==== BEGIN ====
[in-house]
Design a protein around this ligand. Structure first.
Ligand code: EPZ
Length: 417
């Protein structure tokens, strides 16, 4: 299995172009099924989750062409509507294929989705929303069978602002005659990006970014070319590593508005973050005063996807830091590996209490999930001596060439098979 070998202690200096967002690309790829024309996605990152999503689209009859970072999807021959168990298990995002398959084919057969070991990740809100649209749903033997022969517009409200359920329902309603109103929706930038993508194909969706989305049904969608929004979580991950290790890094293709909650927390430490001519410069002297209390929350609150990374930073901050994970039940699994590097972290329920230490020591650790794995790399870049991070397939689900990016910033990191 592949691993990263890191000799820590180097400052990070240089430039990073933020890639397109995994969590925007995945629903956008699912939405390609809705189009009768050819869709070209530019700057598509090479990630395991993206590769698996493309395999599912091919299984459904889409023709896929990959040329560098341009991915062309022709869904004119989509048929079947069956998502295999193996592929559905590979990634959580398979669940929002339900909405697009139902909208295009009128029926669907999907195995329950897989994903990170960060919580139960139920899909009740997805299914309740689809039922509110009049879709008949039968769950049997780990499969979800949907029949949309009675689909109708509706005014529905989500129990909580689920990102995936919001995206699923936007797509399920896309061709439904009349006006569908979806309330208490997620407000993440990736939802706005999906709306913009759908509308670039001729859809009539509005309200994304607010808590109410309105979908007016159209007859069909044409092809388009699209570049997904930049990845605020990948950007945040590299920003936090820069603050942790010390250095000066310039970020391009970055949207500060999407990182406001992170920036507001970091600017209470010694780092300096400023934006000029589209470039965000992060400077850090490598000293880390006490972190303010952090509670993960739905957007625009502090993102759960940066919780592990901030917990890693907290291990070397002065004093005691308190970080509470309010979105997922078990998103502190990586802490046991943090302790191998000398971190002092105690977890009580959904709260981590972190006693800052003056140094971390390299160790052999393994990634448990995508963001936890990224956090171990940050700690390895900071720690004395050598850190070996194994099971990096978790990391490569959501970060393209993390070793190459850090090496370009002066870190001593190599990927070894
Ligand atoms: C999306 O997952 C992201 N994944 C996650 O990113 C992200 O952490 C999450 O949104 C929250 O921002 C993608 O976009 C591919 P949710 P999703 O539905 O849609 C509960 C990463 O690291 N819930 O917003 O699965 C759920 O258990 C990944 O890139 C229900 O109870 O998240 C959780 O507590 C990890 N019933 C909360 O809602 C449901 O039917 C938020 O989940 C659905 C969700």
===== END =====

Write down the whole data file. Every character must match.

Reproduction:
[in-house]
Design a protein around this ligand. Structure first.
Ligand code: EPZ
Length: 417
């Protein structure tokens, strides 16, 4: 299995172009099924989750062409509507294929989705929303069978602002005659990006970014070319590593508005973050005063996807830091590996209490999930001596060439098979 070998202690200096967002690309790829024309996605990152999503689209009859970072999807021959168990298990995002398959084919057969070991990740809100649209749903033997022969517009409200359920329902309603109103929706930038993508194909969706989305049904969608929004979580991950290790890094293709909650927390430490001519410069002297209390929350609150990374930073901050994970039940699994590097972290329920230490020591650790794995790399870049991070397939689900990016910033990191 592949691993990263890191000799820590180097400052990070240089430039990073933020890639397109995994969590925007995945629903956008699912939405390609809705189009009768050819869709070209530019700057598509090479990630395991993206590769698996493309395999599912091919299984459904889409023709896929990959040329560098341009991915062309022709869904004119989509048929079947069956998502295999193996592929559905590979990634959580398979669940929002339900909405697009139902909208295009009128029926669907999907195995329950897989994903990170960060919580139960139920899909009740997805299914309740689809039922509110009049879709008949039968769950049997780990499969979800949907029949949309009675689909109708509706005014529905989500129990909580689920990102995936919001995206699923936007797509399920896309061709439904009349006006569908979806309330208490997620407000993440990736939802706005999906709306913009759908509308670039001729859809009539509005309200994304607010808590109410309105979908007016159209007859069909044409092809388009699209570049997904930049990845605020990948950007945040590299920003936090820069603050942790010390250095000066310039970020391009970055949207500060999407990182406001992170920036507001970091600017209470010694780092300096400023934006000029589209470039965000992060400077850090490598000293880390006490972190303010952090509670993960739905957007625009502090993102759960940066919780592990901030917990890693907290291990070397002065004093005691308190970080509470309010979105997922078990998103502190990586802490046991943090302790191998000398971190002092105690977890009580959904709260981590972190006693800052003056140094971390390299160790052999393994990634448990995508963001936890990224956090171990940050700690390895900071720690004395050598850190070996194994099971990096978790990391490569959501970060393209993390070793190459850090090496370009002066870190001593190599990927070894
Ligand atoms: C999306 O997952 C992201 N994944 C996650 O990113 C992200 O952490 C999450 O949104 C929250 O921002 C993608 O976009 C591919 P949710 P999703 O539905 O849609 C509960 C990463 O690291 N819930 O917003 O699965 C759920 O258990 C990944 O890139 C229900 O109870 O998240 C959780 O507590 C990890 N019933 C909360 O809602 C449901 O039917 C938020 O989940 C659905 C969700």